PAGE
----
Ray: If you don’t mind, Peter, I would like to park there just for a moment this term micro-enterprise, I’ve heard it. I’ve heard a lot about it, but I suspect there are some listeners to our program who are going “What’s a micro-enterprise.” because I know this is central to the model I Hope International. Why don’t you take a moment and walk us through exactly what that means?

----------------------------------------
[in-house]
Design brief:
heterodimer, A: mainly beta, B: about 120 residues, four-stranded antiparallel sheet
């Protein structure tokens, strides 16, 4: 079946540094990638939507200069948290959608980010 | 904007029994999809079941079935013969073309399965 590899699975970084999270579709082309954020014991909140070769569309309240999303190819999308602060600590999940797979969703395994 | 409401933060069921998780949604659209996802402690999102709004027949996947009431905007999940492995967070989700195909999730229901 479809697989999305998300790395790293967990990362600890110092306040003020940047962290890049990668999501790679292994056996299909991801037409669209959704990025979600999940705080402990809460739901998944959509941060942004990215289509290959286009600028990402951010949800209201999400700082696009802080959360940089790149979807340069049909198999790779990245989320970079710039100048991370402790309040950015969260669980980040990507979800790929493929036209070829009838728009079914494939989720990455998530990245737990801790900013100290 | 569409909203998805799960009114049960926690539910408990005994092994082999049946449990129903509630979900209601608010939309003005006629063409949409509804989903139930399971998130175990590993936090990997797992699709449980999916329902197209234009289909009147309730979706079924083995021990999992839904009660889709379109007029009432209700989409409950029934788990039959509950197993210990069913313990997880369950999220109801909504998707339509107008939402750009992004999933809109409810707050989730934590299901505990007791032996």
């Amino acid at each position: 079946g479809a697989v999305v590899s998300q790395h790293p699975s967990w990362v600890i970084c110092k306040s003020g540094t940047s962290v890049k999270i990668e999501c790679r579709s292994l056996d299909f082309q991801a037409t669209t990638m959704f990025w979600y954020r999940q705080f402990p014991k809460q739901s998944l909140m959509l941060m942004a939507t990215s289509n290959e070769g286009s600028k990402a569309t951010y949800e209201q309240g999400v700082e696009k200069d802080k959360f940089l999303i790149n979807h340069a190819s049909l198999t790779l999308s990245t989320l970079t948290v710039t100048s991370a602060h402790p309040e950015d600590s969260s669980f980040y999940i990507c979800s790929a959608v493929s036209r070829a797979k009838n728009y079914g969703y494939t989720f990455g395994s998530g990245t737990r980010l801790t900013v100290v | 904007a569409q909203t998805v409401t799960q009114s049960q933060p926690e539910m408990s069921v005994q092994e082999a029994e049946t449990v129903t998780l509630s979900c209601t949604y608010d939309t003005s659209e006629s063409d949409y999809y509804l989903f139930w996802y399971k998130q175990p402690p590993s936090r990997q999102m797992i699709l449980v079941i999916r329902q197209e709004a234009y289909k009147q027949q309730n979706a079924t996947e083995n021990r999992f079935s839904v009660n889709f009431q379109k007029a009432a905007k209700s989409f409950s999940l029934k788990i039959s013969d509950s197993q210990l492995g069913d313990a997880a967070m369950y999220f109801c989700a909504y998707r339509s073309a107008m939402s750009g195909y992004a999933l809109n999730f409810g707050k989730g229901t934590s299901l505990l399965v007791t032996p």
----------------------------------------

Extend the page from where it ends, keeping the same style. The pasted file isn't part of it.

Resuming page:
Peter: There are a lot of people that have gone and seen the mission of hope, and it is not uncommon for them to return and say “I just didn’t understand it until I actually saw it.” There’s probably faults and how we communicate and some areas for improvement but at its core micro meaning small and enterprise meaning enterprise, and it’s really designed to help individuals start a small business so they can have a place of employment. In many of the countries that we serve they are just not formal jobs. There are not help wanted signs, and there’s not a lot of activity in the formal sector, so the result is a lot of people have to be entrepreneurial to survive. So, it is in those environments a little bit of training, a little bit of access to capital, a safe place to save money oftentimes are necessary building blocks so that they can start or expand small a business. So we have Hope International I don’t know if this is going to help or not Ray, but we offer three different primary approaches. One are church base saving groups, where individual start saving together then they take their capital and invest it in each other to have an investment fund, if you will, to start a small business. Then there is micro-financing institutions, that are regulated Institutions that make small loans to individuals that don’t have the opportunity to go to a bank, to save money, don’t have the opportunity to get a small loan and then we also have small and medium enterprise support as well. So, this is helping entrepreneurial really scale and grow their businesses so that they can become employers. Again all this boils down to trying to figure out as effectively as possible how do we introduce the hope of Jesus and how do we help people have jobs so that they can provide for their families.